- Third, it is always about the record. The successful protestor must ground arguments both in law and facts. The same legal strategy of challenging the best-value decision succeeded when the contractor caught the agency summarily relying on adjectival ratings but failed when the agency could reasonably point to substantive differences in justifying a far higher price tag.
Challenging Agencies’ Customary Commercial Practice Findings
In Orlans, the protestor successfully alleged that various terms of the agency’s commercial services solicitation were “contrary to customary commercial practice,” and thus contrary to law. The solicitation sought nationwide default management services for the USDA’s Rural Development Single Family Direct Loan portfolio. The Federal Acquisition Regulation (FAR) requires an agency to assess customary commercial practices via market research before issuing a solicitation for commercial items or services. Moreover, agencies may not tailor solicitations for commercial items in a manner inconsistent with customary commercial practices (without a waiver). Here, the protestor contended that several requirements pertaining to fees and invoicing were inconsistent with customary commercial practices, and thus unduly restrictive of competition. The GAO agreed, sustaining the protest.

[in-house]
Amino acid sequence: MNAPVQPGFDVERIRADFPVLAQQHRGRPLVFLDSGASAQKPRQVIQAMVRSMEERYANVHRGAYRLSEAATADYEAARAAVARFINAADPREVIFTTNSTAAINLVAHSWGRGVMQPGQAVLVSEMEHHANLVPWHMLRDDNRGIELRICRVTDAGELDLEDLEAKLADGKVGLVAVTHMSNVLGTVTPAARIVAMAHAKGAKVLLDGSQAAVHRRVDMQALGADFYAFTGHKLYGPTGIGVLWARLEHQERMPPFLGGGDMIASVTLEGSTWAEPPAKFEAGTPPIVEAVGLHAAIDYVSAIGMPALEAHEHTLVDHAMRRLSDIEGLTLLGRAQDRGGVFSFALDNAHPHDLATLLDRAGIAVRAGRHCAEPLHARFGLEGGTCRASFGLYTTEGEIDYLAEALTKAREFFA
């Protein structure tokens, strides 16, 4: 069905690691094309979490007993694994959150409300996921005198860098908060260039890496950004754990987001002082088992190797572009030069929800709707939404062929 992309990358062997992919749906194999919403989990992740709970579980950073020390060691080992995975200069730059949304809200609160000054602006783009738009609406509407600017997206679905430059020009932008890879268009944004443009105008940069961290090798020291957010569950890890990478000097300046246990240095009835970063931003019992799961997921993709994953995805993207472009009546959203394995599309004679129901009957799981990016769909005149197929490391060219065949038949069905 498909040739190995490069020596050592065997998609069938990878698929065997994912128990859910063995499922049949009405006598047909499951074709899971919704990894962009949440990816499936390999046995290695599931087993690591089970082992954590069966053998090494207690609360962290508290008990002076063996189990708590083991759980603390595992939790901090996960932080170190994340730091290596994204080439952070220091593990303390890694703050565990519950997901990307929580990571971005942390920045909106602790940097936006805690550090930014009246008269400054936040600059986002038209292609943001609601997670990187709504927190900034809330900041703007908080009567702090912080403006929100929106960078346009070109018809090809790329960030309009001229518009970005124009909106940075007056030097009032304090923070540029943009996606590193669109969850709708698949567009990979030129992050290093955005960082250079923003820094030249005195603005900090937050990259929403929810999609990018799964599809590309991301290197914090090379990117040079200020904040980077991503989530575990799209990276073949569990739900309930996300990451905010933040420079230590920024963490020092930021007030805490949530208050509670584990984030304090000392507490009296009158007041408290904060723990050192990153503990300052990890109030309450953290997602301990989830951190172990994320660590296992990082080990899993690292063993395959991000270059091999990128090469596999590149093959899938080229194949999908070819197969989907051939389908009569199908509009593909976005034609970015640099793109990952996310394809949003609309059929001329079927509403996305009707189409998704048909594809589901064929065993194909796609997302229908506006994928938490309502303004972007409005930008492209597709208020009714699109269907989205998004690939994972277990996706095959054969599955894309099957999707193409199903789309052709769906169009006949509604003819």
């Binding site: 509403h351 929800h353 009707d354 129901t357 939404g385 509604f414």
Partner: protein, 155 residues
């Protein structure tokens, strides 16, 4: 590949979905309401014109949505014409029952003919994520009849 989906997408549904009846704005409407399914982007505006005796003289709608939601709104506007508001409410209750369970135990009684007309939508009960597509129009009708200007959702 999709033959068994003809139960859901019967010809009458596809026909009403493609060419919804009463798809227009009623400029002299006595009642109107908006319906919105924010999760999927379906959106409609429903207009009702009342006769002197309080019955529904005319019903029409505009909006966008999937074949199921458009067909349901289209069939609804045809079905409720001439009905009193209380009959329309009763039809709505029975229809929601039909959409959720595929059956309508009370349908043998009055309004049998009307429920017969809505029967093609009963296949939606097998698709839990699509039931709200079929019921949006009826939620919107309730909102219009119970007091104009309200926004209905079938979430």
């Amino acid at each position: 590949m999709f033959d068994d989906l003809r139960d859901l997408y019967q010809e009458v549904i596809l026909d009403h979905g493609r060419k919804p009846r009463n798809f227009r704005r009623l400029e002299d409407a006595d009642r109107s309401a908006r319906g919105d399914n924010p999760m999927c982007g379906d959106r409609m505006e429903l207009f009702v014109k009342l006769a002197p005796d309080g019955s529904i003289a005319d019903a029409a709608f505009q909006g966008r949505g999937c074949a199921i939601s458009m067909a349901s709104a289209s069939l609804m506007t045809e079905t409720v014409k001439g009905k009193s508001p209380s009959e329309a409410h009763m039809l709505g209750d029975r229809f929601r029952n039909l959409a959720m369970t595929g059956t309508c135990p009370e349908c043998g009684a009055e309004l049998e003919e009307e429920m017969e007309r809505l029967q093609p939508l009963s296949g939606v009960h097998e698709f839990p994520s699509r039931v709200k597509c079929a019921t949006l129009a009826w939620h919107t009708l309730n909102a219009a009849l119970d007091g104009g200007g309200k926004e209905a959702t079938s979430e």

The agency raised two defenses, to no avail. First, the agency argued that the protestor’s allegations were legally and factually insufficient because they failed to establish what the customary commercial practices were and therefore could not show that the terms of the request for proposal (RFP) were contrary to such practices. Second, and relatedly, the agency argued its market research showed no customary commercial practices existed for the services sought because responses to its request for information (RFI) varied considerably.
The GAO considered each defense in turn. First, the GAO noted, “a protester bears the initial burden of sufficiently alleging how the provision is contrary to customary commercial practice.” However, the protestor met this burden by pleading with sufficient detail how the solicitation deviated from customary practices and supported its allegations with a sworn declaration from an employee with substantial commercial experience. The burden of production thus shifted to the government to respond to the allegations.
Second, the GAO found the agency’s RFI did not seek information establishing the customary commercial practices. Instead, the RFI prompted potential offerors to answer open-ended questions regarding recommended pricing structures and how the agency should seek to price services. One question, for example, asked, “[d]o you have any suggestions on pricing for each service…?” The GAO found such questions failed to demonstrate “either what customary commercial practices are or that no customary commercial practices exist.” The GAO also waved aside the agency’s claim that these were the same terms it used for six years prior. The GAO said that it was generally not reasonable for the agency to “rely on other government contracts as a basis for establishing customary commercial practice.”
The GAO therefore found the agency did not demonstrate “with adequate market research or otherwise” that the objected-to pricing terms are consistent with customary commercial practices. Thus, the agency was unable to adequately respond to the protestor’s challenge to the solicitation’s terms, and the GAO sustained the protest.